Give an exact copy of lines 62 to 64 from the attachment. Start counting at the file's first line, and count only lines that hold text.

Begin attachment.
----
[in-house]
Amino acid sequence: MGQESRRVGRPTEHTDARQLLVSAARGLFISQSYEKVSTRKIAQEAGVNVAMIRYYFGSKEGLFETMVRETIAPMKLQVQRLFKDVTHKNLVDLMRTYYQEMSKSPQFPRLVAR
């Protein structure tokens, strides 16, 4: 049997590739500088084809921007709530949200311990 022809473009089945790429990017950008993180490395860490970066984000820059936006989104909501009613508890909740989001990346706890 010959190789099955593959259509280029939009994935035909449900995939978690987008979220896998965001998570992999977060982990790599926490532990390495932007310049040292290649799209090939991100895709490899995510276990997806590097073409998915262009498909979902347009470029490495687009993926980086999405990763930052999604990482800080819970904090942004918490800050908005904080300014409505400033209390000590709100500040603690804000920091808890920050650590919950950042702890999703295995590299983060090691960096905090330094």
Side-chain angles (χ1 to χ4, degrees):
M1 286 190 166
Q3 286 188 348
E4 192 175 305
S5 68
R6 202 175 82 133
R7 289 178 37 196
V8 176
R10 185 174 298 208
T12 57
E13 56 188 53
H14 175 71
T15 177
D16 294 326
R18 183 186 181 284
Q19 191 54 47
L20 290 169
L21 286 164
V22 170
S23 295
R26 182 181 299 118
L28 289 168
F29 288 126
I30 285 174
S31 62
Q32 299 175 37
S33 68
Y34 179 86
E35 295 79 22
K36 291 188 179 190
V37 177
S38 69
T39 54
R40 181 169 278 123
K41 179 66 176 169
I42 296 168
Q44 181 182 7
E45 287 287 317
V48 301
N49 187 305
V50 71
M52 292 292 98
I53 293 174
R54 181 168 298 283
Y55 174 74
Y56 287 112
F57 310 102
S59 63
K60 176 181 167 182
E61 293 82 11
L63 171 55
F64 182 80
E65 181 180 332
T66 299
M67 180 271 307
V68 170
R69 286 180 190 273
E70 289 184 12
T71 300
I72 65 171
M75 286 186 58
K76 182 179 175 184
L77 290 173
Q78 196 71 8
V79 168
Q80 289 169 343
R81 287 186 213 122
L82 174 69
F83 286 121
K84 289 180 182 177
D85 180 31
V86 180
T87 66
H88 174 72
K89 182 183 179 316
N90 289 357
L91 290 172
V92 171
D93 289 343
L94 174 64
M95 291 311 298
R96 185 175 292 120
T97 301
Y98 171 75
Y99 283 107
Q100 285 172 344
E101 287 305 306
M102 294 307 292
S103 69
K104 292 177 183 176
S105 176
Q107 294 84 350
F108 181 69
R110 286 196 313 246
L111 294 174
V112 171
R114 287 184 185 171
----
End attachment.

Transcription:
T71 300
I72 65 171
M75 286 186 58